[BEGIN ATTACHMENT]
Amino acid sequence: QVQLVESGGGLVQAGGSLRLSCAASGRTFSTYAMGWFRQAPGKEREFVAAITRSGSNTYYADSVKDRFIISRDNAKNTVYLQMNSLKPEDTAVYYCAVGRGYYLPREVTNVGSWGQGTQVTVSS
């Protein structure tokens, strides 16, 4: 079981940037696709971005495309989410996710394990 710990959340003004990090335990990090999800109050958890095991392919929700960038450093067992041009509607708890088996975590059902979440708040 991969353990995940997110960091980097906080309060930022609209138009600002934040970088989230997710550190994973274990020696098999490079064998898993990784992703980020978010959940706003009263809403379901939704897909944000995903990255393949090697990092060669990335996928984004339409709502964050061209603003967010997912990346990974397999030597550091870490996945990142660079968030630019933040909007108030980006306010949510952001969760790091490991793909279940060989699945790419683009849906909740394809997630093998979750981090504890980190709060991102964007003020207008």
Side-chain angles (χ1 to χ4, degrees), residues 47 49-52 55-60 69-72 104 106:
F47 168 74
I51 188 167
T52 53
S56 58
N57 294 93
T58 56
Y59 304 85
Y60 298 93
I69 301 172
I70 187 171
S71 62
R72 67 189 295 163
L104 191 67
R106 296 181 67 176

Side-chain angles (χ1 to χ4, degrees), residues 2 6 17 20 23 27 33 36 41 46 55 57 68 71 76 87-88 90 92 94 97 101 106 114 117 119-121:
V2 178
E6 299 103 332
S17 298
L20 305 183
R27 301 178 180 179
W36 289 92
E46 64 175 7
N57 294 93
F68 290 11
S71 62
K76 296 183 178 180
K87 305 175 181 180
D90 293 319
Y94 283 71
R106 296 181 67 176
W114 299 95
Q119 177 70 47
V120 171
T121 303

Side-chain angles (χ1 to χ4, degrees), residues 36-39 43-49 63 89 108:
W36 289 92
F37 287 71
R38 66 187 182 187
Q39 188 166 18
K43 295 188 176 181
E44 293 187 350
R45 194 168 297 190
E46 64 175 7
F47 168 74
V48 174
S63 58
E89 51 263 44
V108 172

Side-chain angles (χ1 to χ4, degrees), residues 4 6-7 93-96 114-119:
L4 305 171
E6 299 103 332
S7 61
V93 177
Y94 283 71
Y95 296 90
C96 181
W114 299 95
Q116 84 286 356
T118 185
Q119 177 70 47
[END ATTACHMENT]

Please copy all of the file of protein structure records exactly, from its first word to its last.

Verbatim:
Amino acid sequence: QVQLVESGGGLVQAGGSLRLSCAASGRTFSTYAMGWFRQAPGKEREFVAAITRSGSNTYYADSVKDRFIISRDNAKNTVYLQMNSLKPEDTAVYYCAVGRGYYLPREVTNVGSWGQGTQVTVSS
């Protein structure tokens, strides 16, 4: 079981940037696709971005495309989410996710394990 710990959340003004990090335990990090999800109050958890095991392919929700960038450093067992041009509607708890088996975590059902979440708040 991969353990995940997110960091980097906080309060930022609209138009600002934040970088989230997710550190994973274990020696098999490079064998898993990784992703980020978010959940706003009263809403379901939704897909944000995903990255393949090697990092060669990335996928984004339409709502964050061209603003967010997912990346990974397999030597550091870490996945990142660079968030630019933040909007108030980006306010949510952001969760790091490991793909279940060989699945790419683009849906909740394809997630093998979750981090504890980190709060991102964007003020207008």
Side-chain angles (χ1 to χ4, degrees), residues 47 49-52 55-60 69-72 104 106:
F47 168 74
I51 188 167
T52 53
S56 58
N57 294 93
T58 56
Y59 304 85
Y60 298 93
I69 301 172
I70 187 171
S71 62
R72 67 189 295 163
L104 191 67
R106 296 181 67 176

Side-chain angles (χ1 to χ4, degrees), residues 2 6 17 20 23 27 33 36 41 46 55 57 68 71 76 87-88 90 92 94 97 101 106 114 117 119-121:
V2 178
E6 299 103 332
S17 298
L20 305 183
R27 301 178 180 179
W36 289 92
E46 64 175 7
N57 294 93
F68 290 11
S71 62
K76 296 183 178 180
K87 305 175 181 180
D90 293 319
Y94 283 71
R106 296 181 67 176
W114 299 95
Q119 177 70 47
V120 171
T121 303

Side-chain angles (χ1 to χ4, degrees), residues 36-39 43-49 63 89 108:
W36 289 92
F37 287 71
R38 66 187 182 187
Q39 188 166 18
K43 295 188 176 181
E44 293 187 350
R45 194 168 297 190
E46 64 175 7
F47 168 74
V48 174
S63 58
E89 51 263 44
V108 172

Side-chain angles (χ1 to χ4, degrees), residues 4 6-7 93-96 114-119:
L4 305 171
E6 299 103 332
S7 61
V93 177
Y94 283 71
Y95 296 90
C96 181
W114 299 95
Q116 84 286 356
T118 185
Q119 177 70 47